However, if the CD isn't in the drive, it fails to run.
If it IS in the drive, it causes a BSOD on an XP SP3 PC.
It could well be that my script is being over-complex for it's own good but I just don't know - haven't had much chance to look at it properly.
Just out of interest - what version of Daemon-Tools and is your script overly complex? Could you perhaps post it here or something so I can take a look - will allow me to determine whether my script is at fault or whether it's something else in our environment that's causing the issue.
Fortunately it's not live yet so I can still afford to play with it.
I've played with the trial of this and have found it great - unfortunately management here won't plump for it as they see App-V as the holy grail... something I'm finding isn't exactly true.
Originally Posted by Arthur
Originally Posted by saundersmatt
How do you get on with an app, ie that needs flash player etc - would you package the app with flash player, or package it seperatly, or is there a way that they can communicate between each other?
Normally for a small additional application like Flash player we would package it with the main application. However you can integrate two packages together, this we do for example with sims and office, in order that you can easily view reports that require word etc.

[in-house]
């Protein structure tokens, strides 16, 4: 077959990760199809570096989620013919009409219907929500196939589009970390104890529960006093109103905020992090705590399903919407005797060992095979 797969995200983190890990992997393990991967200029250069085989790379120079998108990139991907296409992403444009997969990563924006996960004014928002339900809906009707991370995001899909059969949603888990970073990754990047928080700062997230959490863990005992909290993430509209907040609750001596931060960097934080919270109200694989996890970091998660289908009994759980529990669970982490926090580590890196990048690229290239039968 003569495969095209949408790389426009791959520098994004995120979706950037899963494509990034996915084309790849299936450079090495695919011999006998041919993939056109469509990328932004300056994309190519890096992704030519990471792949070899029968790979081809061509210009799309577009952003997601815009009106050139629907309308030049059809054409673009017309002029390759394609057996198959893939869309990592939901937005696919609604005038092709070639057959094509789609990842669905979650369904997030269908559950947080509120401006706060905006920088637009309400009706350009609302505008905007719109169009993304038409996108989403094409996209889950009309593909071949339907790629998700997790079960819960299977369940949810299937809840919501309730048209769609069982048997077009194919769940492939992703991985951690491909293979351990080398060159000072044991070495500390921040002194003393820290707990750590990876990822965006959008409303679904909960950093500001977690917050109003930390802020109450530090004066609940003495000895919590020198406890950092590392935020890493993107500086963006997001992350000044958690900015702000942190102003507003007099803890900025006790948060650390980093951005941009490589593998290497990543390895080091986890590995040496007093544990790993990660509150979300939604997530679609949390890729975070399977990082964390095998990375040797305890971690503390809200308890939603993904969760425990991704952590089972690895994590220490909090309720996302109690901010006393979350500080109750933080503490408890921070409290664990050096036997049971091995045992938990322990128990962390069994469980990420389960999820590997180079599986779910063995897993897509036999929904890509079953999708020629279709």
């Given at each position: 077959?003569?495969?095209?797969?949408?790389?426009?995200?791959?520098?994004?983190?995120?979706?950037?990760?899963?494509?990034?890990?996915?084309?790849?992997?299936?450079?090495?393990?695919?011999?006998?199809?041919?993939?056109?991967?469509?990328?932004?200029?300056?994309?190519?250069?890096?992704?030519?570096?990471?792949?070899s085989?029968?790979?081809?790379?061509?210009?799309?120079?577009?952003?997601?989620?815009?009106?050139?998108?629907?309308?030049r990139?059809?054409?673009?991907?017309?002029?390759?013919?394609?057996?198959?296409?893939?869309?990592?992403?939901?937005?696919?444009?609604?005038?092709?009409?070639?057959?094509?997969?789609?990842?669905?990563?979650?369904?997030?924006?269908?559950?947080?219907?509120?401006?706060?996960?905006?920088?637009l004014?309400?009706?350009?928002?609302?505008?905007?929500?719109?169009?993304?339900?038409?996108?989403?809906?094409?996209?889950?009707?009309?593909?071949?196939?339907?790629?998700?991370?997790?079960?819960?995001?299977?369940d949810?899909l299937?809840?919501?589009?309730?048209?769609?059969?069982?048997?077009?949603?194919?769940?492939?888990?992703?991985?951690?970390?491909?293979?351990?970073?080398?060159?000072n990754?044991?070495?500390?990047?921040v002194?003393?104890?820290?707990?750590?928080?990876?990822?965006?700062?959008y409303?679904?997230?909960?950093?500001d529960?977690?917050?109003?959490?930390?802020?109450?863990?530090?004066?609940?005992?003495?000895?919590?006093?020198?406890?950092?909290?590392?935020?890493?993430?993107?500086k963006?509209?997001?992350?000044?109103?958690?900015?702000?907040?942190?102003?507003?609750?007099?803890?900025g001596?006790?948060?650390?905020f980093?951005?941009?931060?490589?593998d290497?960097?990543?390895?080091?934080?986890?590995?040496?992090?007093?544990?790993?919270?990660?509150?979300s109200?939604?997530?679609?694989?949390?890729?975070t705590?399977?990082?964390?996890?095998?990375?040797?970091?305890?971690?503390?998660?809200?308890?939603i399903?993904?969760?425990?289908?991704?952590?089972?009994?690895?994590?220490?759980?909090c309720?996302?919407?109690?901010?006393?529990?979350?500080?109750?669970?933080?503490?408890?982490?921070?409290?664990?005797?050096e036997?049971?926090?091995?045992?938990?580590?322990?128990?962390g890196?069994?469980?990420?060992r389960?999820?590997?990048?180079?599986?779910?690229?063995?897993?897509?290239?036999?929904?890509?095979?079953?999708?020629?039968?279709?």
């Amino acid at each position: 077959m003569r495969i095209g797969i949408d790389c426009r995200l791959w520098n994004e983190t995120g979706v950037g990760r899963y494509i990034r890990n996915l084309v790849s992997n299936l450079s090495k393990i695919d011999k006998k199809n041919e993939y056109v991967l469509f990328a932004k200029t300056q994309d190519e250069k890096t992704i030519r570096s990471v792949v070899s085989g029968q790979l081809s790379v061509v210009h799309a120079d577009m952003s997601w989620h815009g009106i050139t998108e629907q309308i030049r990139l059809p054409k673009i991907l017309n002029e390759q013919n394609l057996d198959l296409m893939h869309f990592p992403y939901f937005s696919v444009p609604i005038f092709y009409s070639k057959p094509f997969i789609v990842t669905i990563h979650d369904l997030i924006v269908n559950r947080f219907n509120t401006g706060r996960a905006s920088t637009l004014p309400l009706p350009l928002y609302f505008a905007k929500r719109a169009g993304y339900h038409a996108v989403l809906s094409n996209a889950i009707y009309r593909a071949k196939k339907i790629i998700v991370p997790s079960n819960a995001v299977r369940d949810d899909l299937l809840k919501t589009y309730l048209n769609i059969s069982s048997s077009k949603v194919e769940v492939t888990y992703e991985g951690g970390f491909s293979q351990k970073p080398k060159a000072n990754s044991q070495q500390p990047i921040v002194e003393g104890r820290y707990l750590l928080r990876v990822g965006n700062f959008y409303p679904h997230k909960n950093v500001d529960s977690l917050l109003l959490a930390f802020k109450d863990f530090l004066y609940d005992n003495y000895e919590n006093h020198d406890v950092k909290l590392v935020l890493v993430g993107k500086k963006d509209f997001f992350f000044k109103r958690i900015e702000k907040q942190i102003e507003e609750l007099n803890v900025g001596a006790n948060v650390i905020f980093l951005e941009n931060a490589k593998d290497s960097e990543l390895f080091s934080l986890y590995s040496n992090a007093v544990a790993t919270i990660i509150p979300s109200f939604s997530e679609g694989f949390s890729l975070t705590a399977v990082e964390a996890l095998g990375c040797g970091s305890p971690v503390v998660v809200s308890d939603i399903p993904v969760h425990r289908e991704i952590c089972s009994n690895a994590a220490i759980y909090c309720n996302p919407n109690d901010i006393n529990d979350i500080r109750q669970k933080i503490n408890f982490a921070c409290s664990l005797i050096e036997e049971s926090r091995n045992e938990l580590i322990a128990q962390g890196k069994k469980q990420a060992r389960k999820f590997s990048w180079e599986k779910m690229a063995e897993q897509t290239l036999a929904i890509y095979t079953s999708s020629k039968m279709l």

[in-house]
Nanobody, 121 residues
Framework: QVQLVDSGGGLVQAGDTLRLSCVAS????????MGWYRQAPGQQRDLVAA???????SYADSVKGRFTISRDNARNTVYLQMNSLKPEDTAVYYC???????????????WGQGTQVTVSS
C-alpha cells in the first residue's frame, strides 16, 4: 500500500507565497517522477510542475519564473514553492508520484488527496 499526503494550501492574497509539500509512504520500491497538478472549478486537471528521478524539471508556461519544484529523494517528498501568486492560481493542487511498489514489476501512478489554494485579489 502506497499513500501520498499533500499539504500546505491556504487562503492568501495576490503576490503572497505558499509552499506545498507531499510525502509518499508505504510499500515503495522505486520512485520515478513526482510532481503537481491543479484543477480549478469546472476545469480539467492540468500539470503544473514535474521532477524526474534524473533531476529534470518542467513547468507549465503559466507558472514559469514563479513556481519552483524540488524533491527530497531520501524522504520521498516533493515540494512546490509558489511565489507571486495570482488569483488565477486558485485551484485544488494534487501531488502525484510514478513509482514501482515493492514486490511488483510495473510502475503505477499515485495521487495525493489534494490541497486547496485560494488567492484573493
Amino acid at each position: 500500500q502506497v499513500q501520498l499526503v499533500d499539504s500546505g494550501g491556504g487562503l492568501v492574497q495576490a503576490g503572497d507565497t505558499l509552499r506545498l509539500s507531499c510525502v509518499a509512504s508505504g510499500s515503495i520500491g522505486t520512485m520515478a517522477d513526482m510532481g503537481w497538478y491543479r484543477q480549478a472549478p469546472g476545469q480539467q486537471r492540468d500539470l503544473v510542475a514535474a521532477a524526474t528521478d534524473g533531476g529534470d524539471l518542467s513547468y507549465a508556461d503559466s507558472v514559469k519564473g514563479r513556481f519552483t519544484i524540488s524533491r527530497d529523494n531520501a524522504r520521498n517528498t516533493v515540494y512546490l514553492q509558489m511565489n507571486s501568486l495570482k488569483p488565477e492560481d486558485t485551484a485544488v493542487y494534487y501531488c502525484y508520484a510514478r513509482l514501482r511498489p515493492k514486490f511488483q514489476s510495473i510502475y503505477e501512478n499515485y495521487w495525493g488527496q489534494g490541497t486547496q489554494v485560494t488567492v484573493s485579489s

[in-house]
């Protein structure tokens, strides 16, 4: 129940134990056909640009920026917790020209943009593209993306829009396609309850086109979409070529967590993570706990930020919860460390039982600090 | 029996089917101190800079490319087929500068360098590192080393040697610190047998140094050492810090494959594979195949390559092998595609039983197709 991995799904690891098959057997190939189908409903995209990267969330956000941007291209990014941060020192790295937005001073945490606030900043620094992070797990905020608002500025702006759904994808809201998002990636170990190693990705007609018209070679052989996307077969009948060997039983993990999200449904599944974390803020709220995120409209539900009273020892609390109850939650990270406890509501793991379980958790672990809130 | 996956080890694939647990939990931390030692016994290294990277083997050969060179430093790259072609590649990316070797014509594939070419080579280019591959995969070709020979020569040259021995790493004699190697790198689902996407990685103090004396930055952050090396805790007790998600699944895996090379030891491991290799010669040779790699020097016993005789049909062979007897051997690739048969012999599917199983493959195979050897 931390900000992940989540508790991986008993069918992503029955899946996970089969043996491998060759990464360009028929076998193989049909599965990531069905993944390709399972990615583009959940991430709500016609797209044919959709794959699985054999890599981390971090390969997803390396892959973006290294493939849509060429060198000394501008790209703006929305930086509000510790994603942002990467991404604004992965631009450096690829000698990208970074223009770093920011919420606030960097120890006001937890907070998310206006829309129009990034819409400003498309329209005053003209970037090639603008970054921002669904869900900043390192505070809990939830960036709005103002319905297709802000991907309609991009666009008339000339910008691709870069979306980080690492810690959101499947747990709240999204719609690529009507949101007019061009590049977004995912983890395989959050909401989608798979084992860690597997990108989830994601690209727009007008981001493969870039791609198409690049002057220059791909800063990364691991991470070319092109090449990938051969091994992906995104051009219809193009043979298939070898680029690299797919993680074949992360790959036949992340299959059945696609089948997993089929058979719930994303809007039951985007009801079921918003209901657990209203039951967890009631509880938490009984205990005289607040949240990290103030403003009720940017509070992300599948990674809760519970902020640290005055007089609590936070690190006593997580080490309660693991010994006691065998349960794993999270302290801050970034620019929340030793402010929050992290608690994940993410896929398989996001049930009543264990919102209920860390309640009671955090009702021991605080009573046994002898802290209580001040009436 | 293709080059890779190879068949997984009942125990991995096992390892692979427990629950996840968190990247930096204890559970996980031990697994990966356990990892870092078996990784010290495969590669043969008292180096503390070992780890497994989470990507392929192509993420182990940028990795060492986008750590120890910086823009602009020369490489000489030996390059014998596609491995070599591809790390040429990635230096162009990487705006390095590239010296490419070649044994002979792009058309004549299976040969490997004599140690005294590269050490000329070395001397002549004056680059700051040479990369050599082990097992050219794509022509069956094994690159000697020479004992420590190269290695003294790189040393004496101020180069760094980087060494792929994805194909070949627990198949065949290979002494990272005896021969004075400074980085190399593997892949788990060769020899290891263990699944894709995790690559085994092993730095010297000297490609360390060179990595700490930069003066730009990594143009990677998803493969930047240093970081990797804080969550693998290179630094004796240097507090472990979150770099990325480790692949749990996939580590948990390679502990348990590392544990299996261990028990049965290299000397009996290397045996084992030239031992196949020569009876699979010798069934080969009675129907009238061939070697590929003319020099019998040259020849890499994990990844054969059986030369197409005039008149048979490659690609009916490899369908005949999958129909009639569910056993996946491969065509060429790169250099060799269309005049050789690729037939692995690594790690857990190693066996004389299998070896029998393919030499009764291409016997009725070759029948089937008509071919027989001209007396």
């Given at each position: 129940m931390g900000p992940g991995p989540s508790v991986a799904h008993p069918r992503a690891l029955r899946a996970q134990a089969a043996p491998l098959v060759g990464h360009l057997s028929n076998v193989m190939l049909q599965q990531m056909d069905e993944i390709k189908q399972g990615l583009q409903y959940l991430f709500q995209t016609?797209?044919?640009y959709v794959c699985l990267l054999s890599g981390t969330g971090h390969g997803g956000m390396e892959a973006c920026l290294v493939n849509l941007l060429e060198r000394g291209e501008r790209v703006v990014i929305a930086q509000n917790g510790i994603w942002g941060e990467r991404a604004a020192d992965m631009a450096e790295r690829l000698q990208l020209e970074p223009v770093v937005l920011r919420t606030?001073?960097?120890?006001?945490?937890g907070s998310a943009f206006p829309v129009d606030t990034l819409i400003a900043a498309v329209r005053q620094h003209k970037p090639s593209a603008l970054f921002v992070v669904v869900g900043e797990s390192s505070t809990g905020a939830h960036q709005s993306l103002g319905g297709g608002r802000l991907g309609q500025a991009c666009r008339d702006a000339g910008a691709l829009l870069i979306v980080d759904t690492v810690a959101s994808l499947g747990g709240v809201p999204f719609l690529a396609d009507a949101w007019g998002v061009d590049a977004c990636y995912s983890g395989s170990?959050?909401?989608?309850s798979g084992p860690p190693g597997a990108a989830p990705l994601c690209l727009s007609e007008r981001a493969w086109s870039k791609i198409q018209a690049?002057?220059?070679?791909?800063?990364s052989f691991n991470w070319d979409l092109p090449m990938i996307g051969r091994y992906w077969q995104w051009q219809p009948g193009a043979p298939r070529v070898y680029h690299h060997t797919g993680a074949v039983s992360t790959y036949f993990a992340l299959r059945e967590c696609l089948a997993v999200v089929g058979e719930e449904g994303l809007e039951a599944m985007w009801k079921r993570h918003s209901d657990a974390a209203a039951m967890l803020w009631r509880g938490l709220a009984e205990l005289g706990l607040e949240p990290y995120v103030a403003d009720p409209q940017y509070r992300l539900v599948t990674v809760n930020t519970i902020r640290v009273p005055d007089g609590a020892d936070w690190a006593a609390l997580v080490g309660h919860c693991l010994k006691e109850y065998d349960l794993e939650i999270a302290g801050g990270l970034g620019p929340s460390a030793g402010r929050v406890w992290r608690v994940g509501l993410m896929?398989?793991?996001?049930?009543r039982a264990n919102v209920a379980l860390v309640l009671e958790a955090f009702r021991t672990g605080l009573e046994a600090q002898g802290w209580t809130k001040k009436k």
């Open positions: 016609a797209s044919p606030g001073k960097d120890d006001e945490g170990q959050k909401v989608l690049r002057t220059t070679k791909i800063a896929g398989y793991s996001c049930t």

any tricks and tips - or do you just package them at the same time - or can you get two previously packaged products and link the?
Just out of interest - what version of Daemon-Tools and is your script overly complex? Could you perhaps post it here or something so I can take a look - will allow me to determine whether my script is at fault or whether it's something else in our environment that's causing the issue.[QUOTE]
We were using version 410 on XP when it was working.
The above is the AutoIt script that we were using (compiled) to launch the app. 1drive.exe and 0drives.exe are BTEWIN scripts that cause daemon tools to set the number of daemon tools drives to 1 and 0 respectively.
runwait( "1drive.exe", "V:\IEPWriter\")
ShellExecuteWait( "daemon.exe", '-mount 0, "V:\IEPWriter\IEPWriter.nrg"')
ShellExecuteWait( "sfttray.exe", '"IEPWriterV3 188.8.131.52"')
ShellExecuteWait( "daemon.exe", "-unmount 0")
RunWait( "0drives.exe", "V:\IEPWriter\")
Hope this helps.
I tried to use App-V, and found it very unfriendly and failed lots of time to virtualize all kind of apps. I used thinapp by VMware, and had much more success with it. It was much more simple to use.